Dr. Adrian Fine: The B.C. NDP's healthcare carnage—do our lives matter?

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      Ensuring safety for each and every citizen is an essential function of all levels of government. A couple of deaths on crosswalks or at a road junction can initiate immediate corrective measures: Reaction becomes the order of the day.

      Yet when many hundreds of citizens die each year because of a catastrophic shortfall in family practitioners (FP), our provincial government’s inertia, the very cause of this crisis, continues unabated. It behaves like the Roman emperor Nero; passively watching while the whole system is destroyed.

      In any private or corporate setting, Adrian Dix, our minister of health, would be fired for such incompetence. He would join his quixotic failed policies in the dustbin of history. Unfortunately, the vicissitudes of political life preclude such easy solutions.

      According to published medical research data, approximately 1,500 to 2,000 British Columbians will die each year because of having no FP. Interestingly, this is a very similar figure to the number of provincial overdose deaths. Countless thousands will suffer worsening symptoms due to lack of medical supervision/follow-up of their disease. Anxiety will be endemic.

      All of these sequelae are more prevalent in our most vulnerable group, the elderly. All the above are preventable. Their occurrence represent a complete failure of health policies.

      From my decades as a medical-school teacher, I know that individual case histories can be far more instructive and illuminating than didactic presentations, so I’ll now describe two case histories, with my comments, that have recently come to my attention. They, sadly, show the dire consequences of the depths to which our healthcare system has descended.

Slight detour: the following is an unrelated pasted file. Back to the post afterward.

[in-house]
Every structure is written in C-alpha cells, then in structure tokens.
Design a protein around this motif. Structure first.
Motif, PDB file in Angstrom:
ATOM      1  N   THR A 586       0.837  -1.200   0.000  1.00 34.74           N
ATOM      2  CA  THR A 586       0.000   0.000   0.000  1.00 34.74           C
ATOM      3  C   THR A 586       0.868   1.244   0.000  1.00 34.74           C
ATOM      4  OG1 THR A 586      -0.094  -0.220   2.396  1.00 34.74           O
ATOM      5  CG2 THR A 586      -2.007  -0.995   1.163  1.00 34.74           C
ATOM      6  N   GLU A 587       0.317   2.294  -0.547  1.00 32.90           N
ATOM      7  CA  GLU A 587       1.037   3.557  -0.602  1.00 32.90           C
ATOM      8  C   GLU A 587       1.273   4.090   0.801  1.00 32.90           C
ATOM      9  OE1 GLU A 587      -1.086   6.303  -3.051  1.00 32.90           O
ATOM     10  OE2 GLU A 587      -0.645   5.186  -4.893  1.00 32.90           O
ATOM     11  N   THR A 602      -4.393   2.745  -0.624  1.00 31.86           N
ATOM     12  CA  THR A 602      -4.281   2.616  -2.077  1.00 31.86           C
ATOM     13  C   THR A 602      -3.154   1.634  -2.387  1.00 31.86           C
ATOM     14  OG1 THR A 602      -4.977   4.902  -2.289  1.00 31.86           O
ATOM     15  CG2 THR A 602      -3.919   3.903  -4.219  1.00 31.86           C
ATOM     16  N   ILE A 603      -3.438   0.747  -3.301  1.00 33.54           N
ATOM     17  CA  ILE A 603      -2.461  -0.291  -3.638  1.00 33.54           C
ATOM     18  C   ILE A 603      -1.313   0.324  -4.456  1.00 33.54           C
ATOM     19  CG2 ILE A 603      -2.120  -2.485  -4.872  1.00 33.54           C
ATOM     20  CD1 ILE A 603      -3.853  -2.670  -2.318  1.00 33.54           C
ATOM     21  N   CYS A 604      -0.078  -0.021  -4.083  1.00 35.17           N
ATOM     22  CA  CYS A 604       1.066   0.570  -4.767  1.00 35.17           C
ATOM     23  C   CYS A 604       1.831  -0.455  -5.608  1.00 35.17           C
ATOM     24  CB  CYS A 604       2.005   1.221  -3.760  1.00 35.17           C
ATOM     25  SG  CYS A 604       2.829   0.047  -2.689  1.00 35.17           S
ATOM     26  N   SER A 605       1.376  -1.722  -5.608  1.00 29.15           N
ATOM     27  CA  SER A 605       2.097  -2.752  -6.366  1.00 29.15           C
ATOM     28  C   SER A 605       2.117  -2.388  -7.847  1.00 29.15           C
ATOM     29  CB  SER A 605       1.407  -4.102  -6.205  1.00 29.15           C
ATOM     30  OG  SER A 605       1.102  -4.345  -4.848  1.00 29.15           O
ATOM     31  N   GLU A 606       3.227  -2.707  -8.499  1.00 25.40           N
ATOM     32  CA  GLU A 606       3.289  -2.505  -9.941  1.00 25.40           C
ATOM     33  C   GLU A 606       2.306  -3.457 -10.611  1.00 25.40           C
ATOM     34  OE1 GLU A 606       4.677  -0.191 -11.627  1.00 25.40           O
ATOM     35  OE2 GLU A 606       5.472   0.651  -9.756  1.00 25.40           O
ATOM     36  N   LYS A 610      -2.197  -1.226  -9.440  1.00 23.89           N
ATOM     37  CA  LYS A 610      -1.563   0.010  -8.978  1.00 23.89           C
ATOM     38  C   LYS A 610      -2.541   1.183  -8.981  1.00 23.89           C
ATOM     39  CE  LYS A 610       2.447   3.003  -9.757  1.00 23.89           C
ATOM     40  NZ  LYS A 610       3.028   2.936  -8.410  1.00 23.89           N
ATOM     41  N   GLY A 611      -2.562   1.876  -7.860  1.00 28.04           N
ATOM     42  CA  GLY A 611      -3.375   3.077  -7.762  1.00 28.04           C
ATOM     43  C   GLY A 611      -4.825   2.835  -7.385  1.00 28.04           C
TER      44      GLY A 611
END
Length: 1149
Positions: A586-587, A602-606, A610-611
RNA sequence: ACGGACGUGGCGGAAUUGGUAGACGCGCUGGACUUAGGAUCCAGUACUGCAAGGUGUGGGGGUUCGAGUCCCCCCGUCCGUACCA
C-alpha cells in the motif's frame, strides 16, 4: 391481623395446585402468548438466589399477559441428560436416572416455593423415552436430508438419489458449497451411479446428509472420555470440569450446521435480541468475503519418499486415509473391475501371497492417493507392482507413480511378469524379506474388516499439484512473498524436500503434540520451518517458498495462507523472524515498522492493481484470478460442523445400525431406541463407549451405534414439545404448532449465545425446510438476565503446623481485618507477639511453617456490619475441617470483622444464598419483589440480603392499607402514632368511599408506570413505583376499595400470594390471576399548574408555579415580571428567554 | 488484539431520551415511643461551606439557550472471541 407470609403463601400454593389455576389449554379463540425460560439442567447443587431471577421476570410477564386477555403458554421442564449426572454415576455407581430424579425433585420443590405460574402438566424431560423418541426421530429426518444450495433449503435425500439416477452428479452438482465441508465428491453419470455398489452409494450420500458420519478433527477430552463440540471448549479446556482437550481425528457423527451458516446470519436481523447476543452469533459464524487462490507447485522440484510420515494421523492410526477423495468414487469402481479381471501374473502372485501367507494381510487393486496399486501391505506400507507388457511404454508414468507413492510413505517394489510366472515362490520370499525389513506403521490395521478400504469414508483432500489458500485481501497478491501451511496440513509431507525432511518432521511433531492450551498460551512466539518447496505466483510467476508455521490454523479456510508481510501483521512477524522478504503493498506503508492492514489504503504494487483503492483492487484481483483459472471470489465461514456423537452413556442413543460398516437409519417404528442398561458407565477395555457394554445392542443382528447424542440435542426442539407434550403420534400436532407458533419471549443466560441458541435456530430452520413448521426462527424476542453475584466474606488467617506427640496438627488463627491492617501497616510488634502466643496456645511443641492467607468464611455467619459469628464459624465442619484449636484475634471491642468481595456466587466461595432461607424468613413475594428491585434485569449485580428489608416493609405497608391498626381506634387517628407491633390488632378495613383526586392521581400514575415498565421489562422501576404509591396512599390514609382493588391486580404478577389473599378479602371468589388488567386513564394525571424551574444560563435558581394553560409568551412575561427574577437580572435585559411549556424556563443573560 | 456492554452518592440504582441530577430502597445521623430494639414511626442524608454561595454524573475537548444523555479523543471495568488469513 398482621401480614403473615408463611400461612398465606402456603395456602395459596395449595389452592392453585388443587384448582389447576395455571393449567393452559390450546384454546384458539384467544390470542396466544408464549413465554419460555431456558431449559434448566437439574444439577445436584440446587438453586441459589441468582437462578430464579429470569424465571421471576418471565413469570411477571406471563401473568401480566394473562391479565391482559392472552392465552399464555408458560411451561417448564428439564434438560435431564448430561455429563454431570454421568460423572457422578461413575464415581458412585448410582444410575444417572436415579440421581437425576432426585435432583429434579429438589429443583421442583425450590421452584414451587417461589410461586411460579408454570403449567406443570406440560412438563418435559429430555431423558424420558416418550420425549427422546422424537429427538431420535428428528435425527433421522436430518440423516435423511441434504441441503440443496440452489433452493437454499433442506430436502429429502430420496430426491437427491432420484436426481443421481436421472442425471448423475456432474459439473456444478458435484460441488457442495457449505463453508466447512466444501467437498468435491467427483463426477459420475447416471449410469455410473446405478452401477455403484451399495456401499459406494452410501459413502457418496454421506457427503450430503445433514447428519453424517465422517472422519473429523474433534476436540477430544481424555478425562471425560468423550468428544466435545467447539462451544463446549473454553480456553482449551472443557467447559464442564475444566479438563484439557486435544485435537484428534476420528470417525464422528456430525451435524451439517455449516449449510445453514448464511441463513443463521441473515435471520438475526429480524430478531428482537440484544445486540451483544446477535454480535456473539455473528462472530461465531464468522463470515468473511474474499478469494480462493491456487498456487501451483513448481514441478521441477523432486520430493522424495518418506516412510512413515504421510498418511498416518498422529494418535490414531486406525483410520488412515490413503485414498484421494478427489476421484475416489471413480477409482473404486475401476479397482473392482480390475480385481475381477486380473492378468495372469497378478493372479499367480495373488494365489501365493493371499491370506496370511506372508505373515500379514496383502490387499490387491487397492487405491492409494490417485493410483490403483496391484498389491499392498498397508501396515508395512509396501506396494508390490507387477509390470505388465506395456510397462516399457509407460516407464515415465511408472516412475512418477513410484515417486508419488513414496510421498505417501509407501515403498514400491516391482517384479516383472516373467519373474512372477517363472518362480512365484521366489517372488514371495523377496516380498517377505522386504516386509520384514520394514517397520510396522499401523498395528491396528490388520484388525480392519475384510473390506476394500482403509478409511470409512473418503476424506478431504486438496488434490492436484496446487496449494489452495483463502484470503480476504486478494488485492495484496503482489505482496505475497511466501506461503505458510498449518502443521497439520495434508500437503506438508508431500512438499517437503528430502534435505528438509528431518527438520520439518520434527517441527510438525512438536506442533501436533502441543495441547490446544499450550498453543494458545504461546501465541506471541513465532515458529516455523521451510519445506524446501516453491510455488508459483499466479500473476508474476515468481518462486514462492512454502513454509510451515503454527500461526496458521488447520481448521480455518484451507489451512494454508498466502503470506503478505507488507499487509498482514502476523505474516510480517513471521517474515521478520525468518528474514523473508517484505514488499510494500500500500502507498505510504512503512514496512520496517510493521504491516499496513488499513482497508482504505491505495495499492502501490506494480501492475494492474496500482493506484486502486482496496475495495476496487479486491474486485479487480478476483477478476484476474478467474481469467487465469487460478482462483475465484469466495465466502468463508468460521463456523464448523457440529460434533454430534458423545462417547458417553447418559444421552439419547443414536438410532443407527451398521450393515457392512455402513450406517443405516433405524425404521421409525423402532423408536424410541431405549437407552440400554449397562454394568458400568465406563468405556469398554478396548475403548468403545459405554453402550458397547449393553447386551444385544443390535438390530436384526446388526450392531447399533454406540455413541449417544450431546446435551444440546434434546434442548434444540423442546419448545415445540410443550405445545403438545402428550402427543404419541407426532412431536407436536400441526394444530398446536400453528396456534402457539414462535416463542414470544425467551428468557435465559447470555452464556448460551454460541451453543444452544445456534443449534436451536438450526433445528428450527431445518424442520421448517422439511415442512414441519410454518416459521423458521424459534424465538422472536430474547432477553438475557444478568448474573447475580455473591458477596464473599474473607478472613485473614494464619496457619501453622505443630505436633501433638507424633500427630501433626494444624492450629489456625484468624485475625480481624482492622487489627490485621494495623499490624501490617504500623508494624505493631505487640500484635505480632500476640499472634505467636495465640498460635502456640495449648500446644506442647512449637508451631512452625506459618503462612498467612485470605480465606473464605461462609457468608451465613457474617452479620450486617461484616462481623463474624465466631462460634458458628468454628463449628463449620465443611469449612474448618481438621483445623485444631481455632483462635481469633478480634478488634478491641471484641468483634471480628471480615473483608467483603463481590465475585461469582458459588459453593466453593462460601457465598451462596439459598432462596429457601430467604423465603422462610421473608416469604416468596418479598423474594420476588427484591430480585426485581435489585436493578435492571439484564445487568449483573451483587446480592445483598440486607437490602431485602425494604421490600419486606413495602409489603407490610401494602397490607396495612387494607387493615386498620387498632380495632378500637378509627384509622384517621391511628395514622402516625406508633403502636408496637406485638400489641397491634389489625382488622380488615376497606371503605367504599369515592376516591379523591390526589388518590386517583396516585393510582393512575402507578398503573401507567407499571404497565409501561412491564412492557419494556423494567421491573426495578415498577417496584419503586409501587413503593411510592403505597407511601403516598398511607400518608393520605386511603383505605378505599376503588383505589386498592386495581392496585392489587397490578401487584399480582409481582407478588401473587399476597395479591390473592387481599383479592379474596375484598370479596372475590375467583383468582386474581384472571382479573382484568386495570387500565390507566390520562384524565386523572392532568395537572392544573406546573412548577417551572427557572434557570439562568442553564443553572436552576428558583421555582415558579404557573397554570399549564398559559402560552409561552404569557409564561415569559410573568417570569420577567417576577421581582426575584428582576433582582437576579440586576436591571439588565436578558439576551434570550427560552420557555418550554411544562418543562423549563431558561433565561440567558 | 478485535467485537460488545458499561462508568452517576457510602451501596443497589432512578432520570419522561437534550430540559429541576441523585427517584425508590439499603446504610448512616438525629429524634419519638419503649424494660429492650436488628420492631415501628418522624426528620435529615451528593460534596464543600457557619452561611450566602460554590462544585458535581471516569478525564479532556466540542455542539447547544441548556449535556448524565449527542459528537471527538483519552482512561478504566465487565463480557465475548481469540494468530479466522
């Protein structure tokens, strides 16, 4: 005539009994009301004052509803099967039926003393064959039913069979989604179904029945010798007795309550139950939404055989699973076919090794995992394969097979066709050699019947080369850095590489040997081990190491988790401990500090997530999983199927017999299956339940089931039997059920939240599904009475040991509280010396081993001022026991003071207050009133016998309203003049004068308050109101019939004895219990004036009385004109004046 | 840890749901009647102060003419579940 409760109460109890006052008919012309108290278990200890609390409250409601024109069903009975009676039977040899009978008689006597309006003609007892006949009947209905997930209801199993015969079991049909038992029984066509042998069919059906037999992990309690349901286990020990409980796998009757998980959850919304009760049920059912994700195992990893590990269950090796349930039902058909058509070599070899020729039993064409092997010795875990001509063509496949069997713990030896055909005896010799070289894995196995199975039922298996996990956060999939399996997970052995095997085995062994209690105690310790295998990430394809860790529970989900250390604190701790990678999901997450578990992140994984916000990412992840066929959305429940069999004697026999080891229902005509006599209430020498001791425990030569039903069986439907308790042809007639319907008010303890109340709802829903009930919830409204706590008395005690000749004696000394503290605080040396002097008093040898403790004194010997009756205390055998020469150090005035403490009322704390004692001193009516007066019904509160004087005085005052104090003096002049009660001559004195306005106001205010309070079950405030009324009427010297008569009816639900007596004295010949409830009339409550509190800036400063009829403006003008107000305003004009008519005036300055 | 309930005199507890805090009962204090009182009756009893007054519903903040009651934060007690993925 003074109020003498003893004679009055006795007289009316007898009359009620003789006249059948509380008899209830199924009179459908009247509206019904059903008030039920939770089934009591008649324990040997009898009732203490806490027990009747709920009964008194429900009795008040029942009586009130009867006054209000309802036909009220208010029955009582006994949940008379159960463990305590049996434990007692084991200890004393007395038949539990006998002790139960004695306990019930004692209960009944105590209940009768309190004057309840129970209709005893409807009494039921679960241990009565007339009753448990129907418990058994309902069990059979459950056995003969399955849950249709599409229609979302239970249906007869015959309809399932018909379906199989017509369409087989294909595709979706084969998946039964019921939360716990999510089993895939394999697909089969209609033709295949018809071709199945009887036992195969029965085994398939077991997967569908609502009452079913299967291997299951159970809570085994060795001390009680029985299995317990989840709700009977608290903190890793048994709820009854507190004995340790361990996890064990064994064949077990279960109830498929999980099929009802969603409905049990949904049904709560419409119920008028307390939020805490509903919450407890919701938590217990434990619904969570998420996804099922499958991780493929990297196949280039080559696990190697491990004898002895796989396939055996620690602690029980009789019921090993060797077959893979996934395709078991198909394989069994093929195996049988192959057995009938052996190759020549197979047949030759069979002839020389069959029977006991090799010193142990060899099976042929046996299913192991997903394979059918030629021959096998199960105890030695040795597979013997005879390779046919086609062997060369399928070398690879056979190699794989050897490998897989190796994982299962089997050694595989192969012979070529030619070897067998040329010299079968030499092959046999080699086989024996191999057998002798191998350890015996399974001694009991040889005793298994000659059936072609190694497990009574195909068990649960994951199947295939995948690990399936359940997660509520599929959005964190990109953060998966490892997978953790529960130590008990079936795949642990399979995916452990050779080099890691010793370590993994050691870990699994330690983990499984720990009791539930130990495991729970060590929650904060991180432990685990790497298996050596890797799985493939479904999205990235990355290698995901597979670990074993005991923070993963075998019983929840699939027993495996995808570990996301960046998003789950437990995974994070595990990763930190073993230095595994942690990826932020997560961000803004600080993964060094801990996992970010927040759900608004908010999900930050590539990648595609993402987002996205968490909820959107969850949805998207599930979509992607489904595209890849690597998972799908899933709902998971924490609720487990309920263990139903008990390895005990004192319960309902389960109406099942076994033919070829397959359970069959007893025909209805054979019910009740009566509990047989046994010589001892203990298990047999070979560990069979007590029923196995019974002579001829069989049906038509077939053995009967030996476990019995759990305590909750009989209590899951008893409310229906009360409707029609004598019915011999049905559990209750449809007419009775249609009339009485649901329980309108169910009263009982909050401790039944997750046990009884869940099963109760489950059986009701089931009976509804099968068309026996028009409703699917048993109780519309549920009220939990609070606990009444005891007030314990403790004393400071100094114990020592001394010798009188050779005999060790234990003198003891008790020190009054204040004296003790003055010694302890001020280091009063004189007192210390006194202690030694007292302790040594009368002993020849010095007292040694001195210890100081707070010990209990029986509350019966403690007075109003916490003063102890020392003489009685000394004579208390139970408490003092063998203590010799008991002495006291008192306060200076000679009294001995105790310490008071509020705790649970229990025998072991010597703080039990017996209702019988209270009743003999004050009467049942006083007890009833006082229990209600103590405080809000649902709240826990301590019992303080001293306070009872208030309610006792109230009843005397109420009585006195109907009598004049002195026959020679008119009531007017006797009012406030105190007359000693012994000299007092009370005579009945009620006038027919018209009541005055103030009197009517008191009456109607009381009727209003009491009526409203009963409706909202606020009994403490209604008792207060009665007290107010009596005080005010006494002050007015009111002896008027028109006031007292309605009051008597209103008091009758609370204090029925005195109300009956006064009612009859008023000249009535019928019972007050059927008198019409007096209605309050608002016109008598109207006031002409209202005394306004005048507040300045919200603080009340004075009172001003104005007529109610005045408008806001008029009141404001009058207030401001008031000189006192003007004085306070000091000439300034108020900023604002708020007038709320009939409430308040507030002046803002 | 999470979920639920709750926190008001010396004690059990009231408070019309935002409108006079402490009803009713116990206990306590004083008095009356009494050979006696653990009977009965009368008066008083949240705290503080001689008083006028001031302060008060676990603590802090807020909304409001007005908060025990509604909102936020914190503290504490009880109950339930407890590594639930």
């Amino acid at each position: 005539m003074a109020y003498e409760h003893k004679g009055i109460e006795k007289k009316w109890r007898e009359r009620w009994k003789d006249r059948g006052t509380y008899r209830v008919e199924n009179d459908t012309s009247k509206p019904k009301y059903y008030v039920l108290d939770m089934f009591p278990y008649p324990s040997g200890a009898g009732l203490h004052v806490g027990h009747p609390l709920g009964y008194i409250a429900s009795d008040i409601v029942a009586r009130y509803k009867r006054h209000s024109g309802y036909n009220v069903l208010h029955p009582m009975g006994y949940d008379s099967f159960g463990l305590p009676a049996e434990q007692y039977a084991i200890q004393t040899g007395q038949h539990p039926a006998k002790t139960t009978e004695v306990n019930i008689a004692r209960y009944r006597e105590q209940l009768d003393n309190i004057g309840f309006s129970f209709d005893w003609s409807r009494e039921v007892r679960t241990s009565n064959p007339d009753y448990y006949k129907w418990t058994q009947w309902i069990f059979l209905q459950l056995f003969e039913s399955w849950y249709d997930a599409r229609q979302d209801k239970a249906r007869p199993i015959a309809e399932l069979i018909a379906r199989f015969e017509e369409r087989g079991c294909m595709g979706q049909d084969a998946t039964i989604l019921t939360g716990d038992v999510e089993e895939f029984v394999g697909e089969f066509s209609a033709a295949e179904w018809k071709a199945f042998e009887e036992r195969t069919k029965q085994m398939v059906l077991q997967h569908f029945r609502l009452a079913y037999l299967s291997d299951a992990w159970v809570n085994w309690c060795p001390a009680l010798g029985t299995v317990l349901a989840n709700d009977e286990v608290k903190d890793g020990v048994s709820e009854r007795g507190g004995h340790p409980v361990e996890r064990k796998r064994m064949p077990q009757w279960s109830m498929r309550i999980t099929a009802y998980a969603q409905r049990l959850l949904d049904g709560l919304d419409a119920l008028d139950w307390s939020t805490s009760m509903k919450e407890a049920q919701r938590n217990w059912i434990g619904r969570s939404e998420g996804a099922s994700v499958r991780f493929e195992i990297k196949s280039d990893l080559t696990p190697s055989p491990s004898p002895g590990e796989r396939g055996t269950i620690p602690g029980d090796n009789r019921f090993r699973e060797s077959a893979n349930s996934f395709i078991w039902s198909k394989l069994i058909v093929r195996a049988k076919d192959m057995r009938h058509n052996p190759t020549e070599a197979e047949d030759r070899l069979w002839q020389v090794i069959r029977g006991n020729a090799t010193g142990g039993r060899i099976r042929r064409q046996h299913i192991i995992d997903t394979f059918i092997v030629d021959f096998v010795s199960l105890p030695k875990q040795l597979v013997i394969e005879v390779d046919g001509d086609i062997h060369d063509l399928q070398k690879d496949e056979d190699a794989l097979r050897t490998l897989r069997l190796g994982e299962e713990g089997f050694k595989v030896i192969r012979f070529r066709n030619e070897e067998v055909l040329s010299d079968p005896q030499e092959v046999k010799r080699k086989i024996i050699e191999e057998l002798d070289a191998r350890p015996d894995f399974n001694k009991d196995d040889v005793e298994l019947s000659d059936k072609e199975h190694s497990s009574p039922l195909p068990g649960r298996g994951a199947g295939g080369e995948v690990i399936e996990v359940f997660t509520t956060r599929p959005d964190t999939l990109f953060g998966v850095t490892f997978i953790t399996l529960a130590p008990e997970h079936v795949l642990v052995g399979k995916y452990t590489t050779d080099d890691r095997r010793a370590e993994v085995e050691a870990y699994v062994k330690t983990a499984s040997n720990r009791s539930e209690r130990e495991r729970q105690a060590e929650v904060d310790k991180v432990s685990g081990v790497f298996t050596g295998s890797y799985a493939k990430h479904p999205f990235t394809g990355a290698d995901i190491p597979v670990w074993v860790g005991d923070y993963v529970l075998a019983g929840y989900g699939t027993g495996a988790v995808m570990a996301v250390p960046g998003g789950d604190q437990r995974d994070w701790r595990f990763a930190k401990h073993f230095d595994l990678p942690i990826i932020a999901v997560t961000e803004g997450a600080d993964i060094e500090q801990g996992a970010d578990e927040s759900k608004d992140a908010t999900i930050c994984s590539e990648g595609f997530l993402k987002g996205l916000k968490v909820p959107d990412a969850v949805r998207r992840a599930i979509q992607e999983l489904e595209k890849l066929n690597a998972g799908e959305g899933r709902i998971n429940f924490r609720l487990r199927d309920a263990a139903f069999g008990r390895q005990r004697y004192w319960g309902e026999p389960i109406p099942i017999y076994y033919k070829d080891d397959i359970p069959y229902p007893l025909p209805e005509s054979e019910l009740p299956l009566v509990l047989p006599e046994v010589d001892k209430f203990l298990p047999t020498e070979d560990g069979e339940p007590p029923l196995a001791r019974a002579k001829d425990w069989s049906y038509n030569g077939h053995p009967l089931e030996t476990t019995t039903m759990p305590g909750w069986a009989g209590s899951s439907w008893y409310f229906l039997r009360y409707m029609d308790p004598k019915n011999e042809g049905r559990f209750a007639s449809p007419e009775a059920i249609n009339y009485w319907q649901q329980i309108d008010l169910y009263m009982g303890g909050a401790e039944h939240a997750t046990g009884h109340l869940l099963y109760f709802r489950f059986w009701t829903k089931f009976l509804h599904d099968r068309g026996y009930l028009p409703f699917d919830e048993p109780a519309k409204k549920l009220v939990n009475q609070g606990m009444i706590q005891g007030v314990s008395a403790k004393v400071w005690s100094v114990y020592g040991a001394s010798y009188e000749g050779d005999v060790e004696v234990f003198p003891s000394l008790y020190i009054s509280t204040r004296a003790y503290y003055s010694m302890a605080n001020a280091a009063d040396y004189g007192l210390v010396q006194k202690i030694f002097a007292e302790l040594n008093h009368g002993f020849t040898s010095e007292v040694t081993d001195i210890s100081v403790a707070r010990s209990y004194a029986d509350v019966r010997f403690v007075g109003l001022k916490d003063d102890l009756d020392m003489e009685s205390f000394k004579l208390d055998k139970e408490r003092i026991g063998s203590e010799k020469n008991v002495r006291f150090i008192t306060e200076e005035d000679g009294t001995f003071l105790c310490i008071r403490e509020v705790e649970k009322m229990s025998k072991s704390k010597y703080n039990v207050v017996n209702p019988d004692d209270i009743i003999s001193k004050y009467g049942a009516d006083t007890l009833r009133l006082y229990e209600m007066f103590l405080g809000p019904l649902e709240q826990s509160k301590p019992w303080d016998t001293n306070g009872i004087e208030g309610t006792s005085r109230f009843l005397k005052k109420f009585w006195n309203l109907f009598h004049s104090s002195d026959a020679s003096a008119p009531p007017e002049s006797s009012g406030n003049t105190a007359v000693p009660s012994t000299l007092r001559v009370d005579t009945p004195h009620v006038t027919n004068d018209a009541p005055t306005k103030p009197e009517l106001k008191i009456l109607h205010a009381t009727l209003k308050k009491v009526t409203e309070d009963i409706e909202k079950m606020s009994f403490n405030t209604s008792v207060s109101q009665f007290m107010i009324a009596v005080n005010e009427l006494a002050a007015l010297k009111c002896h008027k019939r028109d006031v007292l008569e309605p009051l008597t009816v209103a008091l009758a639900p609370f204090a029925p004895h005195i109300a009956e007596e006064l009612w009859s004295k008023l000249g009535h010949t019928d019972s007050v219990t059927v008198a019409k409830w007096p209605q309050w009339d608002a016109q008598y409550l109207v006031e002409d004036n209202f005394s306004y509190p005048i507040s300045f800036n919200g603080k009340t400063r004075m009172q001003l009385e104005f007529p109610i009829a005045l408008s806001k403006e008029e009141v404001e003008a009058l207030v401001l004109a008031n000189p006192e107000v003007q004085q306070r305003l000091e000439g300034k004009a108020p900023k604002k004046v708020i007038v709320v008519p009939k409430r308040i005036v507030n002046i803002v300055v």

A mother recently had to take her severely ill 17-year-old daughter (JB) to the emergency room at a district hospital and was told by two doctors they could not help her daughter because they didn't know anything about Crohn's disease (which she had suffered from for years). They prescribed an opioid for her pain and told her to call Children's Hospital.

      Her only local FP is about to retire. Her daughter will then have no medical help where she lives. Her mother feels she may have to relocate from her lifelong home to somewhere that has a suitable hospital nearby, inevitably a more expensive location which she will have difficulty affording.

      Crohn’s disease is a serious condition that usually causes lifelong severe symptoms that have a marked negative impact on quality of life. Without appropriate care, life expectancy will be reduced. Although there is no cure, there are many medications that can help symptoms and reduce disease severity. Individual patients respond differently to these.

      The drugs may be given singly or in combination. Some have significant side effects. Phoning up an on-line physician would be both useless and potentially harmful. JB needs comprehensive continuing care by both a FP and a specialist. The fact that they have to move in order to get any appropriate doctor is an appalling reflection on our health system.

      This case history shows other evidence of our failed healthcare system. Prescribing an opioid—with its attendant risk of addiction—as first-line therapy approaches negligence. But the overall strain on the healthcare system often results in mistakes like this because the (sometimes substandard because no-one else is available) physicians are overworked and are forced to solve the immediate problem ASAP and discharge the patient pronto!